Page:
- Paul Sherman/Daily
By Shannon Lynch, Daily Sports Writer
Published April 3, 2013
In its last two games, the Michigan baseball team’s offense has 16 hits and nine runs, and base runners have stolen five bases. Meanwhile, the Wolverines’ pitching staff has fanned 15 batters and hasn’t allowed a single run in 20 innings of play.
On Wednesday, Michigan was on a roll offensively for eight innings at Ray Fisher Stadium, earning a 7-0 victory against the Chippewas and putting up at least one run in six frames. Many of the opportunities for runs came from aggressive base running and getting the leadoff hitters on base.
Sophomore right fielder Kevin White, who went 1-for-2 with a double, two walks and two runs scored, gave a short and arguably seamless answer to describe Michigan’s current style of play.
“Playing greedy has worked better for us.”
On Wednesday afternoon, the Wolverines got off to a hot start early. During the first inning, sophomore right-hander James Bourque struck out two batters without allowing a hit, while sophomore outfielder Zach Zott hit a bomb into right-center, earning a triple and bringing junior outfielder Michael O’Neill home.
“Any time we can get the leadoff hitter on base, they’ve got a great chance of scoring,” said Michigan coach Erik Bakich. “Our team can bunt, it can run, it can get guys in motion, it can put pressure on the defense and we have a lot of weapons once we get the leadoff guy on to get him into scoring position.”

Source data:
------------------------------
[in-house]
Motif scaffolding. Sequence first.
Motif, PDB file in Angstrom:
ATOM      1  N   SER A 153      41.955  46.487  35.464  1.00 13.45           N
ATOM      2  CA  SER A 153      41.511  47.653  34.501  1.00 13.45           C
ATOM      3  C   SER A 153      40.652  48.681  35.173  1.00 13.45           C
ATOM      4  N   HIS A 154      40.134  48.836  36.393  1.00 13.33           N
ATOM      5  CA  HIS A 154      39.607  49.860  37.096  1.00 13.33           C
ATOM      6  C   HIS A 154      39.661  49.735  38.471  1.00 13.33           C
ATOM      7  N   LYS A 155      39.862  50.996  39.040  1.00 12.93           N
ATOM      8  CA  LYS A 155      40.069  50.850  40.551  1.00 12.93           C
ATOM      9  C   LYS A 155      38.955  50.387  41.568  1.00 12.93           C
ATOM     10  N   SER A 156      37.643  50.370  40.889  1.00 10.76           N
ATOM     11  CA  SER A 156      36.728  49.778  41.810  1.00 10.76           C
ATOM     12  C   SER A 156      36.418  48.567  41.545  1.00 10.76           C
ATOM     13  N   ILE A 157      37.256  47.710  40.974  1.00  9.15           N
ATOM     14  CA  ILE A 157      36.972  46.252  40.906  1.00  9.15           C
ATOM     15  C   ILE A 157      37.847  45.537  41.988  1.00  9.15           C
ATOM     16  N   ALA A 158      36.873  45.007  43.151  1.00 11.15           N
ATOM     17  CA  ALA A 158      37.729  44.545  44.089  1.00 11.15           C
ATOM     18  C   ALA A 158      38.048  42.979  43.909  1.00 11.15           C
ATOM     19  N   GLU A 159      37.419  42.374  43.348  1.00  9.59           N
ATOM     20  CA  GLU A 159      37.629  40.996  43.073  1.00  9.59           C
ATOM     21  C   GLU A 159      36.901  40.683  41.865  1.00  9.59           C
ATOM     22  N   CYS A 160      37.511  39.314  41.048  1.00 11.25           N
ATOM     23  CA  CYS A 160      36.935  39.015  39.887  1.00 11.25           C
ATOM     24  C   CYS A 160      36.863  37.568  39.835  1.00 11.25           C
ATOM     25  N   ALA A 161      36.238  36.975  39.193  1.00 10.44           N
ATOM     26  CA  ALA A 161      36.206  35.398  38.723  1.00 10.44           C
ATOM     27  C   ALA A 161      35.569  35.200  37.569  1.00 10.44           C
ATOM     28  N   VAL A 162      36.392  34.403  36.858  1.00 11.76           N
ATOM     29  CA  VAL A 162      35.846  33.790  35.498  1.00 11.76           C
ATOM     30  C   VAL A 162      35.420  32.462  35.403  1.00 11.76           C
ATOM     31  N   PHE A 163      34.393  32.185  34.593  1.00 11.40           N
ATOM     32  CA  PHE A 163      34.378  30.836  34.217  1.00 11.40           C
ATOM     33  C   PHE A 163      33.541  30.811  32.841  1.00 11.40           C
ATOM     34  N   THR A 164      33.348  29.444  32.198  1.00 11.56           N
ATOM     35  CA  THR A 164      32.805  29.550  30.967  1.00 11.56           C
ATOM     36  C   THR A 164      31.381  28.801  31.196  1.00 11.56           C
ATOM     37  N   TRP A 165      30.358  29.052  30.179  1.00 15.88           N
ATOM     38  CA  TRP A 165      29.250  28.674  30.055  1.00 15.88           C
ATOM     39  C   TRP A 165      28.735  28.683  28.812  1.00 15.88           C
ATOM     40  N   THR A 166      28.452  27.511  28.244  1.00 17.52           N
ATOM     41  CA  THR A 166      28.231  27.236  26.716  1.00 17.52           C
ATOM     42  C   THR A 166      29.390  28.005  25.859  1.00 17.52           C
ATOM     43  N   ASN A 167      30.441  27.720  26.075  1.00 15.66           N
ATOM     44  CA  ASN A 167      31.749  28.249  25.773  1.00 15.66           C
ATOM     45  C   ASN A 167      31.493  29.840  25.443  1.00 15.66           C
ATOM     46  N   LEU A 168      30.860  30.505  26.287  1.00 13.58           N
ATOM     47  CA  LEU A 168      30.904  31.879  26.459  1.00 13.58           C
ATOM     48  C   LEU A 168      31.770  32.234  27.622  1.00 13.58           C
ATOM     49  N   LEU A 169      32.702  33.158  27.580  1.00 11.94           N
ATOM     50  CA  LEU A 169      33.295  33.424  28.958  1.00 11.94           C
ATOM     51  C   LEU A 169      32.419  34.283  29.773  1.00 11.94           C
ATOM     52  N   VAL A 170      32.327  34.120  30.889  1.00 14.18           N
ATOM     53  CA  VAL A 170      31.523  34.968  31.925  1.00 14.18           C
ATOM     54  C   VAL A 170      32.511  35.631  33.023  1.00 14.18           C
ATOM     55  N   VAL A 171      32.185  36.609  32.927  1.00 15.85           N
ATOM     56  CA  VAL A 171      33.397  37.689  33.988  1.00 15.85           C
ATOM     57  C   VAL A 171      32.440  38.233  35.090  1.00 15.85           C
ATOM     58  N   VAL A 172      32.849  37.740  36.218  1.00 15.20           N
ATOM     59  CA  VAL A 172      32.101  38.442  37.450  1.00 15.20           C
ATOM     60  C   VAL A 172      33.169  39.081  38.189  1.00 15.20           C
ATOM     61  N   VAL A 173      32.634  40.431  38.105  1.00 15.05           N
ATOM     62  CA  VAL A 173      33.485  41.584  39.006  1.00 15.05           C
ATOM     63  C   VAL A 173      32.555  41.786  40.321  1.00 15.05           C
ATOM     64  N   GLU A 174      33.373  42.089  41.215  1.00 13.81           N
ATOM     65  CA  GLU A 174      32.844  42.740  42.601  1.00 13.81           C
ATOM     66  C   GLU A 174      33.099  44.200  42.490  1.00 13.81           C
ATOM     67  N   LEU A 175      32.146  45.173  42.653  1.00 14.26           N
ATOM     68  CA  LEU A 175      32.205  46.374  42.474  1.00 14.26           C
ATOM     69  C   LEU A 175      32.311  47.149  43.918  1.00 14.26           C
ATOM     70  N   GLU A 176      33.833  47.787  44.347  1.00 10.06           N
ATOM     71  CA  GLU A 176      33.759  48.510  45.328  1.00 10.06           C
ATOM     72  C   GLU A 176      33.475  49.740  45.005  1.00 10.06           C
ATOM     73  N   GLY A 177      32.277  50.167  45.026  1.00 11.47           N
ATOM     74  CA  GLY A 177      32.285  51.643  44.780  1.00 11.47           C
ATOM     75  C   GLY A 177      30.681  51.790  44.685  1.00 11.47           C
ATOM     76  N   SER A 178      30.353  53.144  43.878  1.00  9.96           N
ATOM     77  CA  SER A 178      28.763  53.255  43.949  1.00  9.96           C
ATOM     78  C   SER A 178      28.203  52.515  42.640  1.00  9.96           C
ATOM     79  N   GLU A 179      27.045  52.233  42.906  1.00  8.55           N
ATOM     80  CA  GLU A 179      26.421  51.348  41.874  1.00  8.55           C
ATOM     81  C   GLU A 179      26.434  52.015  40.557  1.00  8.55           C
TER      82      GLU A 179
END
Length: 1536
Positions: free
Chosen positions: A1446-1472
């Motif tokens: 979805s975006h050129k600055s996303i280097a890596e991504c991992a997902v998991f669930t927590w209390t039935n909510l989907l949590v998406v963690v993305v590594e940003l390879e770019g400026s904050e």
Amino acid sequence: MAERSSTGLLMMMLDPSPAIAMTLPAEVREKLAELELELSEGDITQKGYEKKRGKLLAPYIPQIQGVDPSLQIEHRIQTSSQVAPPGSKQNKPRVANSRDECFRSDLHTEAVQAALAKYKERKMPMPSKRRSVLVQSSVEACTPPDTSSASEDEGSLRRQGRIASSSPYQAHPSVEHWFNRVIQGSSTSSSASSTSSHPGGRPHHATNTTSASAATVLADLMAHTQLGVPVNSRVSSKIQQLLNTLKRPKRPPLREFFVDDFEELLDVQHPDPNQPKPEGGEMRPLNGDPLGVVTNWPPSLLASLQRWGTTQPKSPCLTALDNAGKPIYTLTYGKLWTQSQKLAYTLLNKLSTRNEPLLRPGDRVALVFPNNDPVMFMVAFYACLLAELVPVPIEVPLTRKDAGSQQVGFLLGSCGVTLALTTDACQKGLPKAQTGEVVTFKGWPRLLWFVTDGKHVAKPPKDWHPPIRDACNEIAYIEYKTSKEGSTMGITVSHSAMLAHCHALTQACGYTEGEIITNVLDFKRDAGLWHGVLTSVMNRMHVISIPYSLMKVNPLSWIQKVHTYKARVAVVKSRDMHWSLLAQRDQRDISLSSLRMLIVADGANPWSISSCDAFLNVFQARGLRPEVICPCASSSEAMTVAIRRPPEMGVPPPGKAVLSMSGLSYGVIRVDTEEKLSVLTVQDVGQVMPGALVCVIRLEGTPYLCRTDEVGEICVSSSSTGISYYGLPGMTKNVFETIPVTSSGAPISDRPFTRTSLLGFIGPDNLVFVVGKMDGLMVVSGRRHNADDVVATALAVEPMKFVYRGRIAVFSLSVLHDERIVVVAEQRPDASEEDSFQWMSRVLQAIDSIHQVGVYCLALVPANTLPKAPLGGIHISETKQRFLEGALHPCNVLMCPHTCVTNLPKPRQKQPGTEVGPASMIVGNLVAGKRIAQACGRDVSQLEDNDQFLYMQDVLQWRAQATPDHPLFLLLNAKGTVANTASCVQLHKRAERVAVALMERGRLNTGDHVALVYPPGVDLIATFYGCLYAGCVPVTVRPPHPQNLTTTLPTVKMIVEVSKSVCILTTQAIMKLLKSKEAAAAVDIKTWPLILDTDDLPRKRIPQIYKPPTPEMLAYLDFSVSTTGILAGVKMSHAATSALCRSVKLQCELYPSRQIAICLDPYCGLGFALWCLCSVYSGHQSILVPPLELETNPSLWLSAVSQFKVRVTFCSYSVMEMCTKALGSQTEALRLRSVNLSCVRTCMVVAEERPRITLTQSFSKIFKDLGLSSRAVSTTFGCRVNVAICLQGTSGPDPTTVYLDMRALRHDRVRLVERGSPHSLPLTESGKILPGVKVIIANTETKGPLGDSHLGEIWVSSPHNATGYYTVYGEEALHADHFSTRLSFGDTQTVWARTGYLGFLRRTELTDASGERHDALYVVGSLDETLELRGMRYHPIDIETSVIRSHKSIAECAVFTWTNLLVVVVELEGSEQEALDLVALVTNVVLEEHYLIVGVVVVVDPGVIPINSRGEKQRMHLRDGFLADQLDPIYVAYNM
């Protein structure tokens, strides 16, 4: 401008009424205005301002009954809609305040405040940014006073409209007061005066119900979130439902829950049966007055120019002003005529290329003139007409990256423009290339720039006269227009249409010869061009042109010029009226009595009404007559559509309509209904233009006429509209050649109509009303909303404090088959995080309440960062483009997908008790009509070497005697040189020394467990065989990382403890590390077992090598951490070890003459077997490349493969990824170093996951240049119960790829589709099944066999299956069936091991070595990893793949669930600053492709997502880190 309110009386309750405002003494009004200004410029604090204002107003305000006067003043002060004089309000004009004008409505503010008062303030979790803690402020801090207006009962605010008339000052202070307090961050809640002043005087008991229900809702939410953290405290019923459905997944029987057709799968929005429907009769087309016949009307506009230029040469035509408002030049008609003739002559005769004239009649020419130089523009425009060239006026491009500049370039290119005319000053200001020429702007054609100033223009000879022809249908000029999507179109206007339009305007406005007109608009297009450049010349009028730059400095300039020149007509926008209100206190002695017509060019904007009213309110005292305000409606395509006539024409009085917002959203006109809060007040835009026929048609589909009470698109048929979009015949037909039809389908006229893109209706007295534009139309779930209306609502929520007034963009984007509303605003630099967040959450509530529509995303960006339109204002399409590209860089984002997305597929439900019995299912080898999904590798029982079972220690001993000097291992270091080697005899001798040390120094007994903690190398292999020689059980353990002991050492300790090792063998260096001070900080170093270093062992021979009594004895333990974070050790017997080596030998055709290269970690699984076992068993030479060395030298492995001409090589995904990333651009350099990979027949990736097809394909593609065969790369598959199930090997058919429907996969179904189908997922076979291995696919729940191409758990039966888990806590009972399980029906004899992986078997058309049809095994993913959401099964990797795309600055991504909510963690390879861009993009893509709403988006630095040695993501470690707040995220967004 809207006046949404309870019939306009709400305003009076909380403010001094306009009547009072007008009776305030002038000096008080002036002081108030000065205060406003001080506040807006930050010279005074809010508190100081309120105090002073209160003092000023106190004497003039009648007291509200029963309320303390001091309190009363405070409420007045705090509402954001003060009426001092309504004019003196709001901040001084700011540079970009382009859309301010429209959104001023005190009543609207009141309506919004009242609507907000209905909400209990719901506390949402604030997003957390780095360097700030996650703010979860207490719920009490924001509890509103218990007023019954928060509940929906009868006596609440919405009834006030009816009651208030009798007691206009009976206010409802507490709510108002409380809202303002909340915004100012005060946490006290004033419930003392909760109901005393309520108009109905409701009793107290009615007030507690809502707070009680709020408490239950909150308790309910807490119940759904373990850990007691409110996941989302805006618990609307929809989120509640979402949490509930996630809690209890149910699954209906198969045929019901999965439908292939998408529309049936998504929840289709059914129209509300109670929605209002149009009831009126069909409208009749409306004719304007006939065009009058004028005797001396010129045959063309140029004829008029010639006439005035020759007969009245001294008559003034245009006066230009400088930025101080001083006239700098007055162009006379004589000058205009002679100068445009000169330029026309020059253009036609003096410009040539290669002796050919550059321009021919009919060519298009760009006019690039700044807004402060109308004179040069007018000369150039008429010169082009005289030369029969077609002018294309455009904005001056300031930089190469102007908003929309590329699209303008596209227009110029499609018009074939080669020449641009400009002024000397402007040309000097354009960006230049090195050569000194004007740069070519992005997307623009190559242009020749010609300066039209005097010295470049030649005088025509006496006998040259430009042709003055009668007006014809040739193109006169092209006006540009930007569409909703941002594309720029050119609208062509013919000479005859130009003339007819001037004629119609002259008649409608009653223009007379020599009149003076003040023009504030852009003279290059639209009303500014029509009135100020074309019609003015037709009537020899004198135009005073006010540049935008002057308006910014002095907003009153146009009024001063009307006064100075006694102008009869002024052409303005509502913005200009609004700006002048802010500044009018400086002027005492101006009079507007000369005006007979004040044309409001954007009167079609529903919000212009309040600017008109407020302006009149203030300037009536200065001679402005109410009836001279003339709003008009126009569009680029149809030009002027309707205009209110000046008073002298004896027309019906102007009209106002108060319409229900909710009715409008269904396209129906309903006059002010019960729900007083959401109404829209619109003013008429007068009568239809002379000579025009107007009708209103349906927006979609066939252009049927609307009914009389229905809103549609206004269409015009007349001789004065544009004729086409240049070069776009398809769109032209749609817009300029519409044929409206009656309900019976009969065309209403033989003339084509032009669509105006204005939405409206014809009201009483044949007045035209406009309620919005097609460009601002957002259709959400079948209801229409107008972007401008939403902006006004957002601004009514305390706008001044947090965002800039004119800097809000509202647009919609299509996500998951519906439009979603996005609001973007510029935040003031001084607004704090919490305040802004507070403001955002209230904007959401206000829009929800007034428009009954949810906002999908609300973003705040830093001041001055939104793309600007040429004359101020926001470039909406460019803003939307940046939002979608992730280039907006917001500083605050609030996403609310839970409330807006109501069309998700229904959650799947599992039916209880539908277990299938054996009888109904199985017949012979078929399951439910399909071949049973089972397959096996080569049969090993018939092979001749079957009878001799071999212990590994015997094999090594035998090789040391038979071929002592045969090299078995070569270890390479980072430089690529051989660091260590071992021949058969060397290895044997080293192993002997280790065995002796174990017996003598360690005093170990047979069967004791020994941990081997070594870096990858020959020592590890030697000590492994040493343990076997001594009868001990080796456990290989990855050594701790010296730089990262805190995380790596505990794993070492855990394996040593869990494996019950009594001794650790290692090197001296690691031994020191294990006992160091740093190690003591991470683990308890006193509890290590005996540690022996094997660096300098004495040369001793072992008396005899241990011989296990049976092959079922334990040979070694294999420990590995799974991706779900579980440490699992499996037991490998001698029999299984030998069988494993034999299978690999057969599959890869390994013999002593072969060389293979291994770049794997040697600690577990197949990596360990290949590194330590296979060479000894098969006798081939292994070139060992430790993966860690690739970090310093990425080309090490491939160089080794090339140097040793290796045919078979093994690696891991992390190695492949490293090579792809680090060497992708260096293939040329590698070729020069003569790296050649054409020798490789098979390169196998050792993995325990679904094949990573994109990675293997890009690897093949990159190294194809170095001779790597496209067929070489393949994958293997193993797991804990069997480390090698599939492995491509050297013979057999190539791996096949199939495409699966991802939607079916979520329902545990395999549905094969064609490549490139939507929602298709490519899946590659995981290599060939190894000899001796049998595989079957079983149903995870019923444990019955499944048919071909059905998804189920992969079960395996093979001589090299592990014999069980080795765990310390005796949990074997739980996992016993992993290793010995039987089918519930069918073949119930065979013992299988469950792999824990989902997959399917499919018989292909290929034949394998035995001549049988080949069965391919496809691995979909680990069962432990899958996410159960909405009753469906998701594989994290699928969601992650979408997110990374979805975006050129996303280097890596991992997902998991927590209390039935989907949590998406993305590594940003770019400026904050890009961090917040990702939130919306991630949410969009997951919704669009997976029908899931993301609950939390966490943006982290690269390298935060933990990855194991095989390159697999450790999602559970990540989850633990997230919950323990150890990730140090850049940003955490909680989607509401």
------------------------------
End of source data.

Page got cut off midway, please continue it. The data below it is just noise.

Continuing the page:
Recently, the Wolverine offense has had to operate without senior outfielder and team captain Patrick Biondi, who has been out of the starting lineup with an injury since early March. While his presence has been missed, the Wolverines have been producing at the plate.
In its 7-0 victory over the Chippewas, Michigan (1-2 Big Ten, 13-14 overall) batters capitalized in crucial situations. The Wolverines had three sacrifice flies before the fifth inning. White and freshman pitcher Jacob Cronenworth each scored a pair of runs, and Zott, Cronenworth and O’Neill picked up two hits apiece.
“We’ve explored a few leadoff hitters and two-hole and three-hole and mixed that part of it up just to find the right combination, and we’re looking forward to Pat (Biondi) rejoining the lineup because he brings so much to the table and to our offense,” Bakich said. “Even though some guys may not always be a regular starter, when they do get their opportunities, we’re confident and they’re confident that they are going have a quality at-bat and help the team win.”
Central Michigan’s offense couldn’t find its rhythm against a myriad of Michigan pitchers. Bourque pitched the first three innings and tied a season high with five strikeouts. Four relievers followed, including sophomore right-hander Jay Perry, who struck out two, and fifth-year senior right-hander Chad Jasman, who preserved the shutout in the ninth with a strikeout.
“We’re feeling really good right now – our pitching staff has really stepped up,” White said. “We’re just going to try to ride these two wins into the weekend, stick to the routines, execute the fundamentals this weekend and take care of business.”
Bakich expects the same aggressiveness on offense and defense from his team this weekend. The Wolverines travel to East Lansing on Friday and Sunday to take on Michigan State and will play a game on their home turf against the Spartans on Saturday.
“Of course it’s going to be bigger because it’s Michigan State,” Bakich said. “But that doesn’t mean that we can execute any differently than what we did these last two games.”
Part of that execution strategy relies on producing solid at-bats every inning. Another part relies on the base runners’ ability to put pressure on the other team and force errors. And the Wolverines will rely heavily on their pitchers’ ability to throw strikeouts and pitch to contact. Keeping with the aggressive and “greedy” style of play against the Chippewas is key to Michigan’s success this coming weekend.